Friday, April 25, 2008

Here we go, Steelers, here we go ...

When the Steelers go on the clock tomorrow, they will have some tough choices. On Wednesday, we predicted the team will trade down to add draft picks, some of whom might be spent on players such as the ones we listed in one of yesterday's posts. That would be one way to go, and it could be a very good way to go.

Another way to go would be to pick the best player available. Ed Bouchette's latest mock draft predicts Jonathan Stewart, the talented running back from Oregon.

Here at Joey Porter's Pit Bulls, we could see a case for Stewart, but we believe running back is not the Steelers' most pressing need. On the other hand, you'd hate to pass on a rare talent like Stewart, if he's available. Yet again, however, we're more than a tad concerned about Stewart's injury history and current health status (he is still in a walking cast).

We're even more concerned about the defense: Age and lack of depth on the defensive line; the prospect of James Farrior becoming an unrestricted free agent after the 2008 season; and all kinds of issues in the secondary, particularly at the safety position, which we detailed in some depth in posts on Wednesday and Thursday.

For those reasons, we believe the Steelers should strongly consider selecting one of four defensive players, with North Carolina DE Kentwan Balmer and Miami safety Kenny Phillips at the top of our list. We've previously explained in some detail why Balmer or Phillips would make sense for the Steelers in the first round. It's a close call, even if Mel Kiper projects Phillips will drop all the way into the second round, and most Steelers' fans would say we don't need a safety.

It may be a moot point. Balmer may well go in the top 20. He should. And, notwithstanding what Kiper says, there's a decent chance that Phillips will be gone by the time the Steelers pick at 1.23.

The Washington Redskins, still reeling from the murder of All-Pro safety Sean Taylor last year, may select Phillips at 1.21. The Dallas Morning News reports that the Dallas Cowboys have Phillips on their radar at 1.22 but are more likely to go in another direction with that pick. Still, the Cowboys reportedly would love to see him still on the board when their second first-round pick comes along at 1.28, shortly before the New York Giants, their division rival and Super Bowl champion, go on the clock at 1.32. The Giants need a safety who can step in and play now.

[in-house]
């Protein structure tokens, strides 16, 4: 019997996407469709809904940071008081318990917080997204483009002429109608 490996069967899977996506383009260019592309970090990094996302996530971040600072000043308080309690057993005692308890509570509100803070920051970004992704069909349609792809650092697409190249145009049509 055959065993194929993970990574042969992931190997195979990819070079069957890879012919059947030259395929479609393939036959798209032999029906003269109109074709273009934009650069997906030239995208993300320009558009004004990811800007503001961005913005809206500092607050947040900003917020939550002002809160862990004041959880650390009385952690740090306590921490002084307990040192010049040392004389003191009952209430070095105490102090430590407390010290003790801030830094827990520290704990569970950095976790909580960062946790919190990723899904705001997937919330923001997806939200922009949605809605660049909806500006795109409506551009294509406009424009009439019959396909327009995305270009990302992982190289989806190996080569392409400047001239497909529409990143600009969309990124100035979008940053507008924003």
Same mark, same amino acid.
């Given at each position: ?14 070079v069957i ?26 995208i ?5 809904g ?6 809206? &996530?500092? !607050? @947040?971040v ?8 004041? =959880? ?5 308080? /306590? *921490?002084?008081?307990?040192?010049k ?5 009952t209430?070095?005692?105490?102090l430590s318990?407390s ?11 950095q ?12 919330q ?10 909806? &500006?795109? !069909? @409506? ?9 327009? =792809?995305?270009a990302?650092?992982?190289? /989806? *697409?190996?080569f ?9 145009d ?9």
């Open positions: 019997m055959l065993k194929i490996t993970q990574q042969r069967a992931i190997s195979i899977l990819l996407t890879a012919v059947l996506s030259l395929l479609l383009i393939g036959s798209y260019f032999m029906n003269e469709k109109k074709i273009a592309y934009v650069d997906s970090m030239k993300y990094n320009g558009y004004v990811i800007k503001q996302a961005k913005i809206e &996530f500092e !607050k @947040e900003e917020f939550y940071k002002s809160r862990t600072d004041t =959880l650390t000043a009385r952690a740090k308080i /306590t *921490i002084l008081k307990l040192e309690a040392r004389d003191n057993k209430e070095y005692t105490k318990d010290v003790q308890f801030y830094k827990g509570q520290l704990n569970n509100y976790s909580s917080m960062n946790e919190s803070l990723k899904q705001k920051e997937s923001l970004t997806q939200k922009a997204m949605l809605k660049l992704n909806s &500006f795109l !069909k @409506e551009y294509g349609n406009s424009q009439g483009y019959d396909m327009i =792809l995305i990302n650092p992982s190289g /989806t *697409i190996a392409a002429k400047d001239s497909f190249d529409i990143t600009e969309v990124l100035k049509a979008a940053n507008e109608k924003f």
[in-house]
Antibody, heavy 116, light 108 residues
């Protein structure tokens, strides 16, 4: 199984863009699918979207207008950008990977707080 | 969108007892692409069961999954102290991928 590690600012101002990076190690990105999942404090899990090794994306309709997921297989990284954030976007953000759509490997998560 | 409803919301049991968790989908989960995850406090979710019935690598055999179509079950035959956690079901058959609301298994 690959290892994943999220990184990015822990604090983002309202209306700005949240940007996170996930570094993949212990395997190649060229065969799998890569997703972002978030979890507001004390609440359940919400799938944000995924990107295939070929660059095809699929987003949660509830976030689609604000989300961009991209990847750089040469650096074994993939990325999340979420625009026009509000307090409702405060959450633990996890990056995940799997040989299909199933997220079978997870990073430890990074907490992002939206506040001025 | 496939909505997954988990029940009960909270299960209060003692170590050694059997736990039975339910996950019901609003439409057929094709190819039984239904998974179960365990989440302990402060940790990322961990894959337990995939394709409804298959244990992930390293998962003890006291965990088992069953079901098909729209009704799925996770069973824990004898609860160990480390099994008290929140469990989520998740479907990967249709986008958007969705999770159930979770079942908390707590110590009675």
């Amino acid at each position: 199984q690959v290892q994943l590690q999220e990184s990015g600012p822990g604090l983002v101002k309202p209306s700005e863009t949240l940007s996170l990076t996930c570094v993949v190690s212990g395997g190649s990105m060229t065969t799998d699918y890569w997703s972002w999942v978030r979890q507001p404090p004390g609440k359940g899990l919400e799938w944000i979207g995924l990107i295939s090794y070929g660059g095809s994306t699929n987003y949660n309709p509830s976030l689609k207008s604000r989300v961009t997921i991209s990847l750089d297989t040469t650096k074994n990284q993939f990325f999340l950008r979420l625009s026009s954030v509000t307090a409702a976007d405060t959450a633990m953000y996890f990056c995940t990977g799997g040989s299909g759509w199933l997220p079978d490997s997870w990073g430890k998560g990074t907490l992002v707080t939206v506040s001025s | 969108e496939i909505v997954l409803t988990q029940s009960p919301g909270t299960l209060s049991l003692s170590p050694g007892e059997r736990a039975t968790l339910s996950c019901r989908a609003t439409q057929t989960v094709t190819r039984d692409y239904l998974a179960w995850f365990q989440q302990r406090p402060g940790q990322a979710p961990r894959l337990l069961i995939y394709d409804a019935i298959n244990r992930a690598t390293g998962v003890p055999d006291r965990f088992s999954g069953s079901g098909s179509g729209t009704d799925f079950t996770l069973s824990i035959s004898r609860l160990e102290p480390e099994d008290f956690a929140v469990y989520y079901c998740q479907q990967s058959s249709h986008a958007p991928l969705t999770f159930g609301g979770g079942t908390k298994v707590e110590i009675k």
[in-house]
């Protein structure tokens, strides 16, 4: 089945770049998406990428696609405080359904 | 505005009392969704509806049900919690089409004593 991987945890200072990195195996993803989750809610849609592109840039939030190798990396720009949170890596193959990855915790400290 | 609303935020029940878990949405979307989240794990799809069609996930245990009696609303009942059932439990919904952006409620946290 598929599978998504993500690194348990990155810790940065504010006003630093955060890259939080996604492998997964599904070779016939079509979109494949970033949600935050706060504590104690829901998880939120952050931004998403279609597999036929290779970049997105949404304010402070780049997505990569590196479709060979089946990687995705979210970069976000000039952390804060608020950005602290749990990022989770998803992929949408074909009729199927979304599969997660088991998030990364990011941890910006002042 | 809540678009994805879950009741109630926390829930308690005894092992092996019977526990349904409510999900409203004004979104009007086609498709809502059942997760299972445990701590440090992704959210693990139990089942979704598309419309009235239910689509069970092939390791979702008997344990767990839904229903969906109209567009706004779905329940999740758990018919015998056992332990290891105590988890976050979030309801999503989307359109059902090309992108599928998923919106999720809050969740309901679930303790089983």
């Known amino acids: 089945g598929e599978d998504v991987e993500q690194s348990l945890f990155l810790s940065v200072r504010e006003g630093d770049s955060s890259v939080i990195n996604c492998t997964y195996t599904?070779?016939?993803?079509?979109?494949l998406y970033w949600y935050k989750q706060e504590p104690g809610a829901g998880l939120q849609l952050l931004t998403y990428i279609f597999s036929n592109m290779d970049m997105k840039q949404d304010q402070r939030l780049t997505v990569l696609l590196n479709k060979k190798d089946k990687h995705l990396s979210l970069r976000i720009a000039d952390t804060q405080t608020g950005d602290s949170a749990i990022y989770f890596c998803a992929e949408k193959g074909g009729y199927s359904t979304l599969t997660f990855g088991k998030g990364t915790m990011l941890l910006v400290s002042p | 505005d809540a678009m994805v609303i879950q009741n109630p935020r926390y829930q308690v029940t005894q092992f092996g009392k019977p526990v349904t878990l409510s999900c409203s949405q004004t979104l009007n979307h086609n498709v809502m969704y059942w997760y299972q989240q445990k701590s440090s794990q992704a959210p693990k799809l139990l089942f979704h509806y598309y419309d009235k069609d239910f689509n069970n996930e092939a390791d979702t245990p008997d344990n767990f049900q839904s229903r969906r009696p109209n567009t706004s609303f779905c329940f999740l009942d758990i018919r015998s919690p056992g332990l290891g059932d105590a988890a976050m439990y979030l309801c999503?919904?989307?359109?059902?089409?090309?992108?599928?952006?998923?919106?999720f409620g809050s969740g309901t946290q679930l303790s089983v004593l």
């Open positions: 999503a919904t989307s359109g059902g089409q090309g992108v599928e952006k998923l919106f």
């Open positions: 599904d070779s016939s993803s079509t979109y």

By all accounts, Phillips will do just that.

The Dallas Morning News does an excellent job profiling numerous prospects, including Stewart and Phillips, and providing comments from their respective position coaches. Here is what Phillips' position coach, Miami secondary coach Wesley McGriff, had to say about Phillips:

"The first thing I noticed (upon arriving at Miami last spring) is he's the best safety I've ever coached. And the next thing was that he could be really special with some fundamental and technique work. He had the size, speed, attitude and intellect. With a little work, he could be something else. ...The similarities between Kenny and Brandon (Meriweather, another safety at Miami and a first-round pick by the Patriots in 2007) is that they're both playmakers and you look at both, they are natural safeties, and they're smart; I thought Meriweather was a little more athletic, but he was a little smaller than Kenny. With Kenny's size and speed, he's just as good a safety. What we did with him last year, he played both in the boundary and field in coverage. We'd put him in a spot where the offense would attack.